It’s lucky that the press surrounding Ridley Scott’s latest film is so busy with the drama behind the scenes rather than in front of the camera. As you probably know, Christopher Plummer replaced accused sex offender Kevin Spacey at the last minute in the supporting role of the man who was once the richest in the world, J. Paul Getty. But before that wildfire spread controversy, All the Money in the World had already been crafted in a short time span, mirroring the quick productions of Steven Spielberg’s The Post and Clint Eastwood’s 15:17 Paris. Perhaps the reason these inside-baseball narratives took such hold is because the story within the film is so lacking.

On paper, J. Paul Getty is a fascinating figure, as most comically wealthy individuals tend to be, so the true to life tale of his grandson being kidnapped for ransom and the billionaire refusing to pay a single cent isn’t the worst premise for drama. Unfortunately, beyond that core conflict there’s not much compelling in David Scarpa’s intermittently interesting but bloated screenplay. Both he and Scott seemed to see this piece of history as an opportunity to paint a broad tableaux of capitalist decadence, but neither has found much new to say on the subject. That wouldn’t be such a problem if, in the absence of profound observation, they had brought a thrilling narrative to the table. In its place lies a schizophrenic screen story that can’t decide what kind of film it wants to be.

For Fletcher Chase (Mark Wahlberg), the kidnapping is a rote procedural, as the ex-spook turned Getty Oil fixer is brought in to get the boy back while spending as little as possible. The kidnapped Paul (Charlie Plummer), who delivers the film’s occasional voice over narration, is the star of a truncated navel gazing coming of age tale about being born middle class and ascending to stratospheric wealth. Getty himself is essentially an Ebenezer Scrooge stand-in who never has to contend with any ghosts, content to hoard possessions and amass wealth while never risking the trifle of true human interaction.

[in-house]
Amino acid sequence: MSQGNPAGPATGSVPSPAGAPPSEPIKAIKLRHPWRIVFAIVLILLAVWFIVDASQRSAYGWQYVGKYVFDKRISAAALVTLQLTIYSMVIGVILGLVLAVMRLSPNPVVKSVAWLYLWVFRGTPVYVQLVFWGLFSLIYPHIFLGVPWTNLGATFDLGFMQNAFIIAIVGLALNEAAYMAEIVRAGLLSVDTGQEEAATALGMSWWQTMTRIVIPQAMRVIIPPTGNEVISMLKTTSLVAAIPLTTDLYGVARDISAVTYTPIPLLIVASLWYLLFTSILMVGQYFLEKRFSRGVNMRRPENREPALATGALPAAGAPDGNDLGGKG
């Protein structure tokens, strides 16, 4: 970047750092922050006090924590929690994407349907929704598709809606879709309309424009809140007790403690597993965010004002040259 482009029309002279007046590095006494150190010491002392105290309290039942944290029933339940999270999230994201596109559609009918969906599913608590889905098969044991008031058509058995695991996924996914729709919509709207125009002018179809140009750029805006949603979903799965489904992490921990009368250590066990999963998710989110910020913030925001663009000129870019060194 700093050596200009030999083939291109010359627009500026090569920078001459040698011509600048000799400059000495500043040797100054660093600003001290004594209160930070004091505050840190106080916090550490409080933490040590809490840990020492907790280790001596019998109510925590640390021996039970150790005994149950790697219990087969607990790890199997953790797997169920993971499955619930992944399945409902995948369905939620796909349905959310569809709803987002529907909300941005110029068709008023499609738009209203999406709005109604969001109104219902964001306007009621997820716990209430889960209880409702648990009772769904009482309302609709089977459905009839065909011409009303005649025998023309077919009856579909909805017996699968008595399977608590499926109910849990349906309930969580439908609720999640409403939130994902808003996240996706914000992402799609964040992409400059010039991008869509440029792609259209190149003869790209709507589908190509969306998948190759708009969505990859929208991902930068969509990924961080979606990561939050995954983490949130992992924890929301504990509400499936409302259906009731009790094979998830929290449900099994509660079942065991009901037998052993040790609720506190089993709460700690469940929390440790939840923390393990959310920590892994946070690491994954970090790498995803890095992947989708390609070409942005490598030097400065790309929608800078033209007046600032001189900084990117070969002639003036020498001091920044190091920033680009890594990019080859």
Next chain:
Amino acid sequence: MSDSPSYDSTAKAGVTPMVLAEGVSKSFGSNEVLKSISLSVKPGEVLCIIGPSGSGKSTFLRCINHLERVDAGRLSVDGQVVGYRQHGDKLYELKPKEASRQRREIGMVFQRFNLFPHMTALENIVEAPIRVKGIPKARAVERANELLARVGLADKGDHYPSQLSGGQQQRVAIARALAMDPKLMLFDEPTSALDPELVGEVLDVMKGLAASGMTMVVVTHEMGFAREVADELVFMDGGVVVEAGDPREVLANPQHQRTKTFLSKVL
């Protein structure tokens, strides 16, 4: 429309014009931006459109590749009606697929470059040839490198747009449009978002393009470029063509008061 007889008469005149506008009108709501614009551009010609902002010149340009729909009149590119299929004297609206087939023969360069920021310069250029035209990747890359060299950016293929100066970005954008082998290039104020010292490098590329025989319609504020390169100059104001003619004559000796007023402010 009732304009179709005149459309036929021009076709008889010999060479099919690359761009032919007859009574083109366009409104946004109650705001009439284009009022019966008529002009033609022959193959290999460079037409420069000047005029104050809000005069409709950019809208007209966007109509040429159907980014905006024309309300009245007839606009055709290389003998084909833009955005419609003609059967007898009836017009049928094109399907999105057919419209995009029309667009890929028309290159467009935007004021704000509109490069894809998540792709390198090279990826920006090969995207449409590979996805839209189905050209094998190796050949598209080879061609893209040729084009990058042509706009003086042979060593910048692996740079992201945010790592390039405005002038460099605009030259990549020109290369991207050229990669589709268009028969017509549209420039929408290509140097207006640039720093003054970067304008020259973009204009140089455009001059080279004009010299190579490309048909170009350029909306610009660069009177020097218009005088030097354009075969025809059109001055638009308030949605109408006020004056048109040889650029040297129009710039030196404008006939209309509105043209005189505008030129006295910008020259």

The only two figures this cold, calculating film maintains any semblance of compassion for are Paul’s broke mother Gail Harris (Michelle Williams) and his almost sympathetic kidnapper Cinquanta (Romain Duris). They are painted as the only characters who actually want Paul’s safety. Williams plays Gail with the force of two Hepburns, both Katherine and Audrey, trading in her usual permanent pout for a brassy matriarchal zeal. She’s the only person in the film it’s easy to root for, because all she wants to do is save her son, but the film’s initially non-linear structure sees fit to highlight that it was her being tired of barely making ends meet that got them into this mess. Gail is the one who convinced her fuck up husband to reach out to his estranged father in the first place, ensnaring her family into his mangled web of rich people bullshit.

Strangely, the film levies no such criticism with Cinquanta, an abductor whose screen time is increasingly played for tragic heroism. We never see what drove him to be part of this kidnapping ring in the first place, but Scott and company want us to think him not such a bad guy because he’s nice to his hostage, going so far as to imply he’s sacrificed more for Gail’s son than she has. This odd disconnect is why the movie is so damn muddled. It’s impossible to parse what, if any message, Scott wants to get across about this world.

Outside of the performances, the film’s best qualities are all in the visuals. No one else could realize such a byzantine world with such harsh precision the way Scott does here, with seemingly little effort. Getty’s world is nauseatingly opulent, filled to the brim with grayscale excess that does little more than make the audience fantasize for the guillotine. It’s as if the storied helmer is scoffing at Getty’s accomplishments in the face of how empty his existence ultimately was, but that empty editorializing feels slight given that this is just an easy excuse for him to indulge himself visually without having to tell much of a story.

Perhaps if the script had zeroed in on the tete-a-tete between Getty and Gail, focusing on their dueling moral aims in diametric opposition, it would have congealed into a more captivating dramatic exercise. Plummer and Williams surely display the necessary chemistry to anchor that kind of two-hander, but all the other players get in the way of their philosophical feud. If nothing else, we can at least be grateful Scott saw fit to bring Plummer in at all. As hollow as the finished product is, All the Money in the World would be downright laughable if it was still centered around Kevin Spacey in a Mission Impossible mask doing a funny voice.

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